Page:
Foster Care Services Get Increases for Foster Parents, Child Placement Agencies

Gov. Nathan Deal’s proposed $788 million Department of Human Services budget for the 2019 fiscal year includes new support to meet the growing needs in the state’s foster care system and to help ensure the safety and protection of Georgia’s most vulnerable children. The 2019 proposal is an increase of $56.3 million over the budget lawmakers approved last year. The spending plan takes steps to bolster out-of-home placement services by paying for program growth, mental health care coordinators, per diem increases for foster parents and child caring institutions.

The largest share of state funding for the department is for child welfare related services. The Division of Family and Children Services’ (DFCS) efforts to protect vulnerable children account for about 63 percent of the agency’s overall budget. Smaller yet vital programs such as vocational training for adults and elder protection services account for the rest of the money.

Source: Governor’s Budget Report Fiscal Year 2018. DFCS: Low Income Supports includes Family Connection an attached agency

By the Numbers

Amended 2018 Fiscal Year

  • $15.1 million to increase funds for growth in out-of-home care use

2019 Fiscal Year

  • $15.1 million for growth in out-of-home care use
  • $7.5 million to increase per diem rates by $2.50 for relative foster parent care
  • $3.8 million for increases in child placement agency administrative costs and child caring institution per diem rates
  • $2.3 million to fund 19 care coordinator positions for foster children, a recommendation of the governor’s Commission on Children’s Mental Health

New Foster Care Funds Cover Rising Needs but Gaps Persist

Georgia’s opioid crisis is splintering families and putting pressure on out-of-home care and adoption services, according to state human services officials.[1] The governor’s budget proposals add $15.1 million in the amended 2018 plan and $15.1 million in the proposed 2019 budget to meet the growing need. Since December 2016, the foster care population grew about 8.2 percent, with a recent peak of 14,096 children in December 2017. Due to the growth and need for greater flexibility in adoption services, DFCS replaces $2.7 million of federal money from the Temporary Assistance for Needy Families (TANF) grant with state general funds. In child welfare services $2.7 million in state funds is replaced with TANF funds, which effectively swaps the money between services.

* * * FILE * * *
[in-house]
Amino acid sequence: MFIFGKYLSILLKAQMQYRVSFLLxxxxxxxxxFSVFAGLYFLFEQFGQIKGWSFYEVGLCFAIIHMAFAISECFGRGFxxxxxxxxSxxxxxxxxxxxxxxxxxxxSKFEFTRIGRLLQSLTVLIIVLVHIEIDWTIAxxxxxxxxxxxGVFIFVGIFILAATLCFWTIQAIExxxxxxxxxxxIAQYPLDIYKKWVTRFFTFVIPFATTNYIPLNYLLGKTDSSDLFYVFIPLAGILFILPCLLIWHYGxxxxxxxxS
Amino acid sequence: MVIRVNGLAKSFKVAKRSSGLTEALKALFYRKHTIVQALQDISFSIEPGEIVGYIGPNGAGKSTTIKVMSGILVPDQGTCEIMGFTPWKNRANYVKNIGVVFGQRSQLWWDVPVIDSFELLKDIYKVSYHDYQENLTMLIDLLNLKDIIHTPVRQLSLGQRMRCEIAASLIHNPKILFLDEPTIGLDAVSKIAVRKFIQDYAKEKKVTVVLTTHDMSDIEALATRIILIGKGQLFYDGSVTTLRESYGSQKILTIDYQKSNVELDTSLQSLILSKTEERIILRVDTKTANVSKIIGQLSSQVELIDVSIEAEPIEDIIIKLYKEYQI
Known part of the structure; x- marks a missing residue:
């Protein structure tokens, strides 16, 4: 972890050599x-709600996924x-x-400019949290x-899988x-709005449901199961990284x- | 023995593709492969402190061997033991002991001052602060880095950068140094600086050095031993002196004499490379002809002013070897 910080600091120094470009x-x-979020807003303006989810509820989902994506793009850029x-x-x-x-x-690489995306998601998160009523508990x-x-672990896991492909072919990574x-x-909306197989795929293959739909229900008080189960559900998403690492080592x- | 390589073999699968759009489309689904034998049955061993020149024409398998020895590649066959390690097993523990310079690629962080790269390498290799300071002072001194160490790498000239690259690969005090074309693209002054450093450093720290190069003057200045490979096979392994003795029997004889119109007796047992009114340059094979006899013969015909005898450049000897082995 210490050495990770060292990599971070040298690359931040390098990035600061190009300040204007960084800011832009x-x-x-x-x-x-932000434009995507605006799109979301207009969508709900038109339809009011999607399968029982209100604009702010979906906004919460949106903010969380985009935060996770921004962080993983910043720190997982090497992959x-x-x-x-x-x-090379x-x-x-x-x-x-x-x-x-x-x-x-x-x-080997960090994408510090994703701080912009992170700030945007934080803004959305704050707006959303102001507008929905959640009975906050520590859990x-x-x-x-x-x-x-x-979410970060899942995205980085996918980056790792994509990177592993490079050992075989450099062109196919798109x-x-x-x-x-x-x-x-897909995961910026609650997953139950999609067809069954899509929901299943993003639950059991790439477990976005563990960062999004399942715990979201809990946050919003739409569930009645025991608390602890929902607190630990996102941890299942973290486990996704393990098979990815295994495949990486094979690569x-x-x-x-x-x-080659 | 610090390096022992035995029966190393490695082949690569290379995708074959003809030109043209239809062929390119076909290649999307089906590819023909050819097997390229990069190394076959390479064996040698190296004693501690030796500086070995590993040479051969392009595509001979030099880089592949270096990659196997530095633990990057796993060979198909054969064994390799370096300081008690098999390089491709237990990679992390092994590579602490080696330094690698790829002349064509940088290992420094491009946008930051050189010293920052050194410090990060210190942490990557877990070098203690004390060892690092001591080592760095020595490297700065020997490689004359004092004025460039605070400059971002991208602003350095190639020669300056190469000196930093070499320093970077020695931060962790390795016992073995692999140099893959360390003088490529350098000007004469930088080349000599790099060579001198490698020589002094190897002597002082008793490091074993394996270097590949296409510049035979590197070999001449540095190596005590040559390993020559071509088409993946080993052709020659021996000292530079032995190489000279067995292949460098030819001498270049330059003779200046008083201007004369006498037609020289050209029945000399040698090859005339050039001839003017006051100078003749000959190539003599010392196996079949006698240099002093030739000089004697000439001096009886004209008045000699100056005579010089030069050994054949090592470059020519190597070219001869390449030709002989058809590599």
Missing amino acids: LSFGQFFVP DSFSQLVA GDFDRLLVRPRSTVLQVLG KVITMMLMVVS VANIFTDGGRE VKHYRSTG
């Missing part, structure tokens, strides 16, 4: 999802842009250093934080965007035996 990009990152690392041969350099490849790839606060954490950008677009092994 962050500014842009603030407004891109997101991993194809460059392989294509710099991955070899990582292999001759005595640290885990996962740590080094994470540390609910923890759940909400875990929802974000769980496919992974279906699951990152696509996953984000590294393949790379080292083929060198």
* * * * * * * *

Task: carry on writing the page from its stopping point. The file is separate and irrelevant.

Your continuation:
Source: Georgia Department of Human Services

Gov. Deal’s Commission on Children’s Mental Health also calls for new care coordinator positions to improve the mental health outcomes of children in foster care. The proposed 2019 spending plan includes $2.2 million to cover 19 new positions.

Last year, the governor and lawmakers announced their intent to increase rates for foster parents by $10 within two years. The additional support is needed to ensure caregivers get adequate resources to support their children and to bring Georgia’s rates more in line with other states. The proposed 2019 budget does not include the second installment to reach that goal of adding $5 more per diem. Instead, the proposal increases relative foster care per diem rates by $2.50 a day for an investment of $7.5 million.

Foster parents coordinated through child placement agencies are also set to receive an additional $2.50 a day at a cost of $2.7 million. The proposed budget also includes $2.4 million in new funding for a 2.5 percent per diem rate increase for child caring institutions, or group homes. Child placement agencies are allotted $1.1 million to cover 2.5 percent increased administrative costs.

The state made significant new investments in DFCS in the last two fiscal years to implement of several recommendations from the governor’s Child Welfare Reform Council. A top aim was to improve retention and recruitment of child welfare workers and ease the high caseloads that exceeded recommended industry standards of 15 cases per worker. The division reports that over that two-year span more than 700 positions were filled, base salaries were increased and the average caseload per worker dropped from 38 to 19.[2]

Although the proposed budget does not fully meet the department’s needs, the 2019 spending plan includes positive measures to help ensure that children in Georgia’s custody remain safe and that workers and caregivers get the resources they need.


[1] Department of Human Services budget presentation, as delivered to the Health and Human Service Appropriations sub-committee, February 7, 2018.  

[2] Ibid

Support GBPI Today

The Georgia Budget & Policy Institute is a 501(c)3 organization. We depend on the support of donors like you. Your contribution makes the work that we do possible.

Related Posts

Leave a Comment

Your email address will not be published. Required fields are marked *

Subscribe to our Newsletter